The primary focus of the 1-week second leg will be to study the abundance and distribution of bottomfish species at Penguin Bank, located off the southwest tip of the island of Molokai. Scientists from PIFSC, JIMAR, HPU, and the University of California at Santa Cruz will use the multi-frequency active acoustics system on board the Sette to study bottomfish abundance and distribution at Penguin Bank. The Hawaii-based handline fishery for bottomfish heavily targets adult fish there, particularly 6 species. The catches have raised concerns about the state of stocks and impacts of fishing on their sustainability and indicate a need for careful monitoring of stock changes on Penguin Bank.

Led by Chief Scientist Dr. Réka Domokos, the bottomfish study will be part of an ongoing effort to develop a time-series of adult abundance of the 6 bottomfish species, which will provide valuable information on changes of the stock over time. In addition to collecting acoustics data, at predetermined positions the research team will simultaneous deploy a "Botcam". The Botcam is a stereo video camera system which is baited to attract boffomfish, then sent down to the ocean floor to record information on the number of fish within range of the camera lens, their species composition, and sizes.

Use of bioacoustics and Botcam jointly has significant benefits for understanding bottomfish abundance, species makeup, and size composition. Baited Botcam operations can be used to estimate abundance of particular species of fish, but little is understood about spatiotemporal effects of bait on the fish under study, i.e., whether presence of the bait biases estimates of fish abundance. Acoustics data, collected simultaneously with the Botcam operations, will provide much needed information that can be used to judge the affects of bait on Botcam abundance estimates. At the same time, the data on fish size and species composition from Botcam video recordings will be used to help interpret the acoustic backscatter data and better separate acoustic signals that identify bottomfish species targeted by the fishery.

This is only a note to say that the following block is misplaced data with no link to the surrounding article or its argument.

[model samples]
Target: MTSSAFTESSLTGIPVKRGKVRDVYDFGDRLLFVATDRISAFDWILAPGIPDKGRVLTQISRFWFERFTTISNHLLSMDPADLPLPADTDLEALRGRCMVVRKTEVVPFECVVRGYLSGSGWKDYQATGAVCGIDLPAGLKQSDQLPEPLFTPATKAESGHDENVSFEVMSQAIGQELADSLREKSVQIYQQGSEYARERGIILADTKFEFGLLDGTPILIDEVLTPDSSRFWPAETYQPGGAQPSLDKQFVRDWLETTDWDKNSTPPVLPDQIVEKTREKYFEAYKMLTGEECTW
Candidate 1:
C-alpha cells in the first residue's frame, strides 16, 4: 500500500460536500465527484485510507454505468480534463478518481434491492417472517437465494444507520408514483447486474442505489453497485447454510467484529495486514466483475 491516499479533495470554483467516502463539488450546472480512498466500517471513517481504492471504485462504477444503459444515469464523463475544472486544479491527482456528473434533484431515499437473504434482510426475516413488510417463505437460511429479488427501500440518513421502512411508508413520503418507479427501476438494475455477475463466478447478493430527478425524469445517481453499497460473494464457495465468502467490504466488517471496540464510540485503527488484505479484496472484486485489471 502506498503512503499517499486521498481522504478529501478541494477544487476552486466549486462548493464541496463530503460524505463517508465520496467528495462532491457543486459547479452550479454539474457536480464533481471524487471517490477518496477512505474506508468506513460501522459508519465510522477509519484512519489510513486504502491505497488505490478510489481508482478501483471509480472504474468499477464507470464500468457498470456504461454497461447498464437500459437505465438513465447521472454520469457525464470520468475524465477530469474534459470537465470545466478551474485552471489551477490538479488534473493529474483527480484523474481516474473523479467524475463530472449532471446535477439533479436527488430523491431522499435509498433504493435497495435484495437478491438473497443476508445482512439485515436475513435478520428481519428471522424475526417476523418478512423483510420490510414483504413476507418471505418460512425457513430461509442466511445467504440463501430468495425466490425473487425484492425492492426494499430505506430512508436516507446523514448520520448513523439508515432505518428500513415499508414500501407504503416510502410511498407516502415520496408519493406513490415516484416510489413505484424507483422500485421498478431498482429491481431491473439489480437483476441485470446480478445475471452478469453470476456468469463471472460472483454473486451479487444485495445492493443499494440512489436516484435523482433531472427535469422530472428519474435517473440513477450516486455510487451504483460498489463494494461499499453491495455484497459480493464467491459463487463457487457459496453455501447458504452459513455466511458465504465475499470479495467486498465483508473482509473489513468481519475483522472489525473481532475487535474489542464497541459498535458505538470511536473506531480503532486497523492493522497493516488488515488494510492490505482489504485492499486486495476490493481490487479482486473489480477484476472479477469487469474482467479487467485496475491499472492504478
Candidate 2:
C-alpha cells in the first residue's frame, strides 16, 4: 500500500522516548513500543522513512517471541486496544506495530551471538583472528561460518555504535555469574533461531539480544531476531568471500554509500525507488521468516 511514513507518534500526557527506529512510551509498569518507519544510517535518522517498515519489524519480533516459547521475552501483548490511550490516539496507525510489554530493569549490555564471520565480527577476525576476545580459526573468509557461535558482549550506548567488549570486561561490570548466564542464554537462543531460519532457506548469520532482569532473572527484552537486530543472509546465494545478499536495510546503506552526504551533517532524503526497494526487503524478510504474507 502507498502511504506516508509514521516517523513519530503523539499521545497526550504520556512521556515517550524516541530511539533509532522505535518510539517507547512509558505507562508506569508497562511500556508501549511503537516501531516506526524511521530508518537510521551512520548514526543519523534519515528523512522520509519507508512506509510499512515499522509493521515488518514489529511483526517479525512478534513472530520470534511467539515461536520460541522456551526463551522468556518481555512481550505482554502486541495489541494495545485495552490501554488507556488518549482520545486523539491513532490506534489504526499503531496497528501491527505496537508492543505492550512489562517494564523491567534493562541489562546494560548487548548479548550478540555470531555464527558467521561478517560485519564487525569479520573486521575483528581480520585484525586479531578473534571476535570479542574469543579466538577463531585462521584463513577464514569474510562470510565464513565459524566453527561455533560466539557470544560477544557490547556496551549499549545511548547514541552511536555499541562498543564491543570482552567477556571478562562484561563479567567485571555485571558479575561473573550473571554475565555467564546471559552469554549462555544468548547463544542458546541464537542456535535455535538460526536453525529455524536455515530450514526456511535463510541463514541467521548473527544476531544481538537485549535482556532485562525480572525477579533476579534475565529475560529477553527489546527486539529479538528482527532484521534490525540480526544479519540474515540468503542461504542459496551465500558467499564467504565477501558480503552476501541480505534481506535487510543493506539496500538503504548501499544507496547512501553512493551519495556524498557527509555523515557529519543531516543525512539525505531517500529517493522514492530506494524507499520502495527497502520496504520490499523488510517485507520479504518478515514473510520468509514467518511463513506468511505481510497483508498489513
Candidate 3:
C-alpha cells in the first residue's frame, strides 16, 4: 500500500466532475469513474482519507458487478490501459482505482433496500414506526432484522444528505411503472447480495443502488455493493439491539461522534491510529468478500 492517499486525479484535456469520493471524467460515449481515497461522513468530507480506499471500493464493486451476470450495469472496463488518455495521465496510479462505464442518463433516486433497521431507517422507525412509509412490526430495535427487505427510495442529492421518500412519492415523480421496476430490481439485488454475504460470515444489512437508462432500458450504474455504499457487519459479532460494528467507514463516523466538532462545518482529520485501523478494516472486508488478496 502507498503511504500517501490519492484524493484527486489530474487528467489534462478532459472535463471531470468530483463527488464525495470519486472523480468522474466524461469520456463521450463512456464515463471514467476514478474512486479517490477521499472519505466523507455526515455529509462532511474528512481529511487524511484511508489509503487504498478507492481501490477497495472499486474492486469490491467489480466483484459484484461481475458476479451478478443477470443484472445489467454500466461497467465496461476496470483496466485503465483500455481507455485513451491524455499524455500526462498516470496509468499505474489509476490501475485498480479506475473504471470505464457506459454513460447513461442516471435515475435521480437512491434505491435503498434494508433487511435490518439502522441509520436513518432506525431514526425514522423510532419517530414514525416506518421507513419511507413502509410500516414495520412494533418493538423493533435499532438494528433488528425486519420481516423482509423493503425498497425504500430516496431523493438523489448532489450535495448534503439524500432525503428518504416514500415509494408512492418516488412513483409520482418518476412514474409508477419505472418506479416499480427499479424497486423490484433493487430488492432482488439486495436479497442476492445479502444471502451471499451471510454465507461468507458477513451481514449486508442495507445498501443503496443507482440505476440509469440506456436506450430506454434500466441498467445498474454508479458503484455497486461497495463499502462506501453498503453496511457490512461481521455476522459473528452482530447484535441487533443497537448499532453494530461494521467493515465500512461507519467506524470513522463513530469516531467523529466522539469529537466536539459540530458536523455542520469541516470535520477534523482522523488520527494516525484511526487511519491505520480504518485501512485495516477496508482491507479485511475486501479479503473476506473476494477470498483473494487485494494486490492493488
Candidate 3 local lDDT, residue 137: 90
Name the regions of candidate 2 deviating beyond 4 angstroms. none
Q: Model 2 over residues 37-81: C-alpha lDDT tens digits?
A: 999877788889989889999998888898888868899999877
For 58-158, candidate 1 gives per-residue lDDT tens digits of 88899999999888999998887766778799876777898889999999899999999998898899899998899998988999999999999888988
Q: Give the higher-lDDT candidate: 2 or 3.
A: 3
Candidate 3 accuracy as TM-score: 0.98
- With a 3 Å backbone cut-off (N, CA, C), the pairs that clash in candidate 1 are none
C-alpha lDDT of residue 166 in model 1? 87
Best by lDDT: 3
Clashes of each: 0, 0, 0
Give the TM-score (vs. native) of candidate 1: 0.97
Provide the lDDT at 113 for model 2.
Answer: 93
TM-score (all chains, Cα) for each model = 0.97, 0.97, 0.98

The data collected aboard the multi-faceted Sette expedition will provide valuable information on the ecological landscapes of bigeye tuna, swordfish, and bottomfish in the central North Pacific Ocean. Further, analysis of the data will help scientists understand the biological dynamics between these economically and ecologically important fish species and their prey, and how these biological relationships are affected by the surrounding physical environment.

The survey data will also expand knowledge of the habitat for loggerhead sea turtles, which frequent the longline fishing grounds for swordfish and, on rare occasions, are caught incidentally on hooks set for swordfish. The habitat information is used to find ways to reduce the likelihood of such interactions, providing benefits to both turtles and longline fishers.